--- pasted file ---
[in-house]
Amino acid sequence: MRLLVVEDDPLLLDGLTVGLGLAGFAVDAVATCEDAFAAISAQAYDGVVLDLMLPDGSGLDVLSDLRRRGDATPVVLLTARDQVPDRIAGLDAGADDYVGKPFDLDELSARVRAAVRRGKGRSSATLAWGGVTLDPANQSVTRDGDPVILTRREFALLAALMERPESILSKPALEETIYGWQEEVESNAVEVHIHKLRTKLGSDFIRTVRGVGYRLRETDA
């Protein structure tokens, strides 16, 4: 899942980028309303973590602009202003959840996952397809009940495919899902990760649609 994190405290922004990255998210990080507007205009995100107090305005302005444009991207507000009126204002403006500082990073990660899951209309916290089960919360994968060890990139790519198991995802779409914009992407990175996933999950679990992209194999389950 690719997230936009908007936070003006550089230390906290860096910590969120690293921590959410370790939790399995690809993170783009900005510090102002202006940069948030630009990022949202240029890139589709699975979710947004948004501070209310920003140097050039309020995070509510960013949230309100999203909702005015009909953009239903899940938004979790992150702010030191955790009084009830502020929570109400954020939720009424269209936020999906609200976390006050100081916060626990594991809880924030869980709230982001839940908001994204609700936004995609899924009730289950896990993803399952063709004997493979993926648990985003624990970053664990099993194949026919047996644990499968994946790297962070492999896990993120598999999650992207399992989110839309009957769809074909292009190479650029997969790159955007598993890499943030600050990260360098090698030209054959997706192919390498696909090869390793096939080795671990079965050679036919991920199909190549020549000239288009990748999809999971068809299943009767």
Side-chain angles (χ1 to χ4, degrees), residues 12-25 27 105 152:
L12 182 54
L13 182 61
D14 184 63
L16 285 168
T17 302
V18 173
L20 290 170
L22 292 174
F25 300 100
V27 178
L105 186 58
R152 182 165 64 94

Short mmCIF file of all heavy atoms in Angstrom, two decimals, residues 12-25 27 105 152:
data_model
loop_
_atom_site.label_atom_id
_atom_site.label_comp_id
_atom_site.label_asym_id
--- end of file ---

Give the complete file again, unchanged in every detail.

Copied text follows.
[in-house]
Amino acid sequence: MRLLVVEDDPLLLDGLTVGLGLAGFAVDAVATCEDAFAAISAQAYDGVVLDLMLPDGSGLDVLSDLRRRGDATPVVLLTARDQVPDRIAGLDAGADDYVGKPFDLDELSARVRAAVRRGKGRSSATLAWGGVTLDPANQSVTRDGDPVILTRREFALLAALMERPESILSKPALEETIYGWQEEVESNAVEVHIHKLRTKLGSDFIRTVRGVGYRLRETDA
């Protein structure tokens, strides 16, 4: 899942980028309303973590602009202003959840996952397809009940495919899902990760649609 994190405290922004990255998210990080507007205009995100107090305005302005444009991207507000009126204002403006500082990073990660899951209309916290089960919360994968060890990139790519198991995802779409914009992407990175996933999950679990992209194999389950 690719997230936009908007936070003006550089230390906290860096910590969120690293921590959410370790939790399995690809993170783009900005510090102002202006940069948030630009990022949202240029890139589709699975979710947004948004501070209310920003140097050039309020995070509510960013949230309100999203909702005015009909953009239903899940938004979790992150702010030191955790009084009830502020929570109400954020939720009424269209936020999906609200976390006050100081916060626990594991809880924030869980709230982001839940908001994204609700936004995609899924009730289950896990993803399952063709004997493979993926648990985003624990970053664990099993194949026919047996644990499968994946790297962070492999896990993120598999999650992207399992989110839309009957769809074909292009190479650029997969790159955007598993890499943030600050990260360098090698030209054959997706192919390498696909090869390793096939080795671990079965050679036919991920199909190549020549000239288009990748999809999971068809299943009767």
Side-chain angles (χ1 to χ4, degrees), residues 12-25 27 105 152:
L12 182 54
L13 182 61
D14 184 63
L16 285 168
T17 302
V18 173
L20 290 170
L22 292 174
F25 300 100
V27 178
L105 186 58
R152 182 165 64 94

Short mmCIF file of all heavy atoms in Angstrom, two decimals, residues 12-25 27 105 152:
data_model
loop_
_atom_site.label_atom_id
_atom_site.label_comp_id
_atom_site.label_asym_id